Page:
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Applied Math Seminars

This seminar series is co-coordinated by Jong Soo Lee (, Hung Phan ( and Min Hyung Cho ( Contact any of them if you would like to speak as part of this seminar.

Fall 2019 Seminar Series

Stochastic superparameterization through local data generation.

  • Yoonsang Lee, Department of Mathematics, Dartmouth College
  • Wednesday, September 11, 3:30 p.m., Olney 430

Stochastic superparameterization is a class of multiscale methods that approximate large-scale dynamics of complex dynamical systems such as turbulent flows. Unresolved sub-grid scales are modeled by a cheap but robust stochastic system that mimics the true dynamics of the sub-grid scales, which is crucial to model non-trivial and non-equilibrium dynamics. In this talk, we propose a numerical procedure to estimate the modeling parameters, which avoids the use of climatological data.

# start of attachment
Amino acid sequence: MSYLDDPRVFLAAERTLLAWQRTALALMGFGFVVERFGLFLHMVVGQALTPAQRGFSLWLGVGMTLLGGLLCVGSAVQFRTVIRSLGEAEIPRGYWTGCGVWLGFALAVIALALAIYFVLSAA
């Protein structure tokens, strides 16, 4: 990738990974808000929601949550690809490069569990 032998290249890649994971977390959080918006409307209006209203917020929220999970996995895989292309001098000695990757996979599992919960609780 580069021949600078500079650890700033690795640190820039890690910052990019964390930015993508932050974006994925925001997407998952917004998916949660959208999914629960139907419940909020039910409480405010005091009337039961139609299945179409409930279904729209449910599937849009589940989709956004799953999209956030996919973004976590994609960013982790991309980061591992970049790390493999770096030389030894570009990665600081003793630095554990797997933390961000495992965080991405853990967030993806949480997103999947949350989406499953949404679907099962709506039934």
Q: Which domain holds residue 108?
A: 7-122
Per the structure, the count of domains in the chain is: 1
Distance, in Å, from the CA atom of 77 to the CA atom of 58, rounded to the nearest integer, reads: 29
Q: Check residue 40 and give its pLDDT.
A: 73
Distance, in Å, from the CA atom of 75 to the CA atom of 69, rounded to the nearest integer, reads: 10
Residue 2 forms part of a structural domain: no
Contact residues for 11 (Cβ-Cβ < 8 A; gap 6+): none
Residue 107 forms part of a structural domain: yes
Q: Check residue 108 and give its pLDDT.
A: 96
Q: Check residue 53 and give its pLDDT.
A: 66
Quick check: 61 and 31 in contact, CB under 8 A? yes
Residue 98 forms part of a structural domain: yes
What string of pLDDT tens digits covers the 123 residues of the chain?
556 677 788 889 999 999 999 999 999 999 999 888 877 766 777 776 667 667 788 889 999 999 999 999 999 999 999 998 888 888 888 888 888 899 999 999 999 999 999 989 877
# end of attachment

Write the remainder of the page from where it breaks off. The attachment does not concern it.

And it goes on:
Hardness results for sampling connected graph partitions with applications to redistricting

  • Daryl Deford, MIT
  • Wednesday, September 18, 4 p.m., Olney 430

The problem of constructing ”fair'' political districts and the related problem of detecting intentional gerrymandering has received a significant amount of attention in recent years. A key problem in this area is determining the expected properties of a representative districting plan as a function of the input geographic and demographic data. A natural approach is to generate a comparison ensemble of plans using MCMC and I will present successful applications of this approach in both court cases and legislative reform efforts. However, our recent work has demonstrated that the commonly used boundary-node flip proposal can mix poorly on real-world examples. In this talk, I will present some new proposal distributions for this setting and discuss some related open problems concerning mixing times and spanning trees. I will also discuss some generic hardness results for sampling problems on partitions of planar graphs.

Topic to be determined

  • Zheng Chen, Department of Mathematics, UMass Dartmouth
  • Thursday, October 3, 2 p.m., Olney 430

Topic to be determined

  • Samuel Isaacson, Department of Mathematics and Statistics, Boston University
  • Wednesday, November 6, 4 p.m., Olney 430